Can a police officer authorize the sale of a pharmacy's drugs to a suspected criminal without paying for the drugs first?

Does this violate the United States or State Constitutions?

  • @phoog Okay, I believe we have identified a problem. You just said, "unless the officer first purchases the drugs, he cannot sell them". With that said, the officer can't authorize the sell of something that is not his, right? Commented Nov 24, 2015 at 0:20
  • @Breakskater Why not? The State of New York authorizes the sale of every prescription drug I purchase, but it does not itself sell them to me. The very premise of your question is that the officer does not own the drugs: "without paying for the drugs first." I think we need a more detailed description of your hypothetical sale before we can answer your question properly.
    – phoog
    Commented Nov 24, 2015 at 0:26
  • By the State of New York, I presume you mean the New York Statutes have laws that authorize a pharmacy to sell you prescriptions. That's different. Does the State of New York allow a police officer to authorize the sell? Commented Nov 24, 2015 at 0:34
  • Comments are not for extended discussion; this conversation has been moved to chat.
    – jimsug
    Commented Nov 24, 2015 at 0:41

2 Answers 2


There is no problem authorizing the pharmacy to conduct the sale. Directing or ordering the sale might be a problem, but it's the pharmacy's objection that matters (not the alleged criminal's). Usually, the pharmacy has an interest in cooperating with these activities and does not object. Hence, no problem.

It seems to me that shoplifting would be a good analogy. A pharmacy has an interest in stopping theft. The police may survey a suspect while giving the pharmacy instruction to allow shoplifting to occur. The pharmacy cooperates with this because it's entirely in their interest to provide the police with the evidence they need.

Now, if the cops demanded a few bottles of oxy to sell during a sting, yeah, a pharmacy could certainly challenge the reasonableness of that seizure. The pharmacy, not the accused.*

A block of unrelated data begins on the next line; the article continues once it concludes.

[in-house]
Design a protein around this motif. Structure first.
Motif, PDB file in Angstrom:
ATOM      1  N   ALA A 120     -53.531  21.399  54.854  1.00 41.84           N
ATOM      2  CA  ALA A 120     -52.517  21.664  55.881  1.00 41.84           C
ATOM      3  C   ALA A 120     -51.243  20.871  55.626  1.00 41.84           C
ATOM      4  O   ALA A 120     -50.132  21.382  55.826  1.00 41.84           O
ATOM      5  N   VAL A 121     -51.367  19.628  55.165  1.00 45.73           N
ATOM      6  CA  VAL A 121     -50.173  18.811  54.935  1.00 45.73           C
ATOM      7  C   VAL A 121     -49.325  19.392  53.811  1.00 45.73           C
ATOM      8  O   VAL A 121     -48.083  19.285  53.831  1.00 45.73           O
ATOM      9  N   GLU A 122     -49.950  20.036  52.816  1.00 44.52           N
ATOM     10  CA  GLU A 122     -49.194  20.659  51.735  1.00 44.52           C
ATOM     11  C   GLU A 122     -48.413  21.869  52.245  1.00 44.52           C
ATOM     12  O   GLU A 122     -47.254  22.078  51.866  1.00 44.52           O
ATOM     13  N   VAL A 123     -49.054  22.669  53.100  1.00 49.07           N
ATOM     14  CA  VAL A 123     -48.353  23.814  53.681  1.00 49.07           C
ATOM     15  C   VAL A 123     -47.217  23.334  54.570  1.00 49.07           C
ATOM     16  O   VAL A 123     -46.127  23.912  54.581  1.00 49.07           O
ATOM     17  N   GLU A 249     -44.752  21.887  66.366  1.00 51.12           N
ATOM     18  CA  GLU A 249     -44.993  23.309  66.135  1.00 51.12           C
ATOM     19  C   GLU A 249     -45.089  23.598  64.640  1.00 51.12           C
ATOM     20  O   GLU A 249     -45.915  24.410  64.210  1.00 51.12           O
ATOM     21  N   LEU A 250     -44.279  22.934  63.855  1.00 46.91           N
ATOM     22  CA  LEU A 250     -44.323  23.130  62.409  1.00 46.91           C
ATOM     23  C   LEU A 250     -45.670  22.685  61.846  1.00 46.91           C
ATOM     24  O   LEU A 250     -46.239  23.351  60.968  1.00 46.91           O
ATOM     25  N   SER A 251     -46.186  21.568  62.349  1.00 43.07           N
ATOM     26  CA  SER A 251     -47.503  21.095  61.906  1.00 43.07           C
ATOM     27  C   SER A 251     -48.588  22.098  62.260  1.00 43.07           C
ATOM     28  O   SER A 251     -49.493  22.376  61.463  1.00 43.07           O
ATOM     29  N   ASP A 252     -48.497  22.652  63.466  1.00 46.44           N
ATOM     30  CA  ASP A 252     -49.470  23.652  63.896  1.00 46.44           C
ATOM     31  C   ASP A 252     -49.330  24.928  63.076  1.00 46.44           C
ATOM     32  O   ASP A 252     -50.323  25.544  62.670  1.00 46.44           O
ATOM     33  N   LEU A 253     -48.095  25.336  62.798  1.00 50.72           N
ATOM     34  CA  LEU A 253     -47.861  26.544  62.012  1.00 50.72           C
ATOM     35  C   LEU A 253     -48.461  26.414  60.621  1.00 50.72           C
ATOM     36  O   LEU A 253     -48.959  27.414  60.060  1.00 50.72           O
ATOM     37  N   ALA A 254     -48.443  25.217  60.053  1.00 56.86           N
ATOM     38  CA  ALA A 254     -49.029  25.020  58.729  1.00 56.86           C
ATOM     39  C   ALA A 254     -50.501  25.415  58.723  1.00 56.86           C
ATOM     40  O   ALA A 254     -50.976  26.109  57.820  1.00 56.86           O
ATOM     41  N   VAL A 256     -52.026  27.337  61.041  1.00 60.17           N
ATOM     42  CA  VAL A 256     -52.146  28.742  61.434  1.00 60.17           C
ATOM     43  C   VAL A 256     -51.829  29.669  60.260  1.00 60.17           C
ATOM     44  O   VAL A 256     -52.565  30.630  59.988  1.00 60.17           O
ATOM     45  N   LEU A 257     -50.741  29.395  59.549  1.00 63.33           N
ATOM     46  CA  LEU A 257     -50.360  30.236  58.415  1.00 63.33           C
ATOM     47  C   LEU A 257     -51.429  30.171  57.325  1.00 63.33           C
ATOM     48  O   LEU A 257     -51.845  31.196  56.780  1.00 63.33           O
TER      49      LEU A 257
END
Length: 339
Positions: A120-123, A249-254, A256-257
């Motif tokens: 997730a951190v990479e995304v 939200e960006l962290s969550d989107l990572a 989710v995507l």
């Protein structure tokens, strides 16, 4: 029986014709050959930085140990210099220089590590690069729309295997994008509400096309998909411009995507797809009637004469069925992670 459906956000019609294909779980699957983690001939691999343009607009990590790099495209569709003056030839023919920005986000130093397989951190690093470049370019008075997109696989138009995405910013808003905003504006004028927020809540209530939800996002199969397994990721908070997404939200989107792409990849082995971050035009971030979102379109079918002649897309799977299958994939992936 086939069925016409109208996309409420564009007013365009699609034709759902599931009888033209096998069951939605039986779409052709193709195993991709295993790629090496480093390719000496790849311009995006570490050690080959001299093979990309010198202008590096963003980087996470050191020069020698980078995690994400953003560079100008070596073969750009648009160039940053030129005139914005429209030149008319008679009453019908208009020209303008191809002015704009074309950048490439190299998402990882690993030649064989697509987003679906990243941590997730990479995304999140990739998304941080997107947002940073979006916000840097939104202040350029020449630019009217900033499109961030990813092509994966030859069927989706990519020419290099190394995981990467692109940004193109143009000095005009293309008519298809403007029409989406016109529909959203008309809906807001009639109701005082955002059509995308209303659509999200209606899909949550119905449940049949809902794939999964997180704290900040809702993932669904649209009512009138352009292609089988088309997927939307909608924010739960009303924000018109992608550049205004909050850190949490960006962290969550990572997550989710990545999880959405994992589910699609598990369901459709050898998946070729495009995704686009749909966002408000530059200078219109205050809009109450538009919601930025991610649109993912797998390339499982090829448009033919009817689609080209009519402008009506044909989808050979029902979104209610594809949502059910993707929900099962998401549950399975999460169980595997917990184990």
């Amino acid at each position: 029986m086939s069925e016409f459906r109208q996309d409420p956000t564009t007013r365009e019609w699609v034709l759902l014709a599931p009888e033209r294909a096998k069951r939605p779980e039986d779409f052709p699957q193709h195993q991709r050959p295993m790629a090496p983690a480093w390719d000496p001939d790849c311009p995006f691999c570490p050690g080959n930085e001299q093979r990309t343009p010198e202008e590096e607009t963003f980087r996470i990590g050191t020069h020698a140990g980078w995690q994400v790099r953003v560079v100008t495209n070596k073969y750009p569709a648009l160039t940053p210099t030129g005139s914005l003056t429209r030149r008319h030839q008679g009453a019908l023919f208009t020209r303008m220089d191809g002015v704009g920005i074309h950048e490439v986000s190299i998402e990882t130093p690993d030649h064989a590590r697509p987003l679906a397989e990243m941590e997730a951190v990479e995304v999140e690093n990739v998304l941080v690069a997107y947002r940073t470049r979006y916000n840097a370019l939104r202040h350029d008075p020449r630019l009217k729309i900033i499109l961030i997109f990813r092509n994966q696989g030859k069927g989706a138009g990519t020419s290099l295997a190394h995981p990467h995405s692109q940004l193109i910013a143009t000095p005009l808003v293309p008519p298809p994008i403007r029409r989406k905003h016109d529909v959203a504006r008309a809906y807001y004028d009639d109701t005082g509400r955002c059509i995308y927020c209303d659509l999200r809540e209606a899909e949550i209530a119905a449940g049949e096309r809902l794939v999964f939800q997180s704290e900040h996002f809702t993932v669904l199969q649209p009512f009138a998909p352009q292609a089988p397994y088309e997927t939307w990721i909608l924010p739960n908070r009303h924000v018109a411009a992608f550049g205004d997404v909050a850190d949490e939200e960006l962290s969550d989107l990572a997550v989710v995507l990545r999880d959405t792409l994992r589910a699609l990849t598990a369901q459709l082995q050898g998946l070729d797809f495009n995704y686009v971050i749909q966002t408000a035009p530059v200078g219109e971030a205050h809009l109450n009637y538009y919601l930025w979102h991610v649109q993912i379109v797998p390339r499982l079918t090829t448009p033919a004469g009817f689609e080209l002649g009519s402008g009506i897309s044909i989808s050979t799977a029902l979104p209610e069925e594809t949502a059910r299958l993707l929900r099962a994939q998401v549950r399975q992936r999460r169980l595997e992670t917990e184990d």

You mention a reverse sting in the comments. There are plenty of examples of judges using fairly strong language against police who go too far, but the law is pretty new. In other words, reverse stings are getting popular and cases with certain facts need to make their way through various courts in order to be decided in favor of the accused.

*You might be on to something with this question, along with the other one about outrageous conduct and the case where cops manufactured their own drugs. Ordering a unwilling pharmacy to provide drugs for a sting might be as outrageous as manufacturing drugs, but that is an extremely fact-specific question.

  • Do you have access to the Florida Defenders publication Volume 22, No. 4, Winter 2010 or know how I can obtain a copy? It has a topic on due process violations of an officer ordering the sell of a pharmacy's drugs. Commented Nov 24, 2015 at 0:56
  • 1
    I don't think I have access to it and I'm traveling for the next week so I won't be able to check. It seems like a regional pub that probably doesn't make it into the databases I have access to. I would start with an email or call to the Florida Association of Criminal Defense Lawyers which is the org that publishes that thing. Otherwise a trip to the law library at your courthouse if you're in a major metro. The librarian there will be able to tell you if it's available electronically or through print sources.
    – jqning
    Commented Nov 24, 2015 at 3:12

A pharmacy can refuse a police order to subvert their normal and customary policies with respect to drug purchases by suspected criminals.

i.e. if a pharmacy would decline to fill a prescription because of their normal policy, they are within their rights to refuse to do it merely because the police asked them to. Alternatively, if their normal and customary policies would have allowed the purchase, then they might indeed participate with the police.

  • Would the police officer violate the constitution if the pharmacy believed they were obligated to comply with any police orders? Commented Nov 24, 2015 at 0:01

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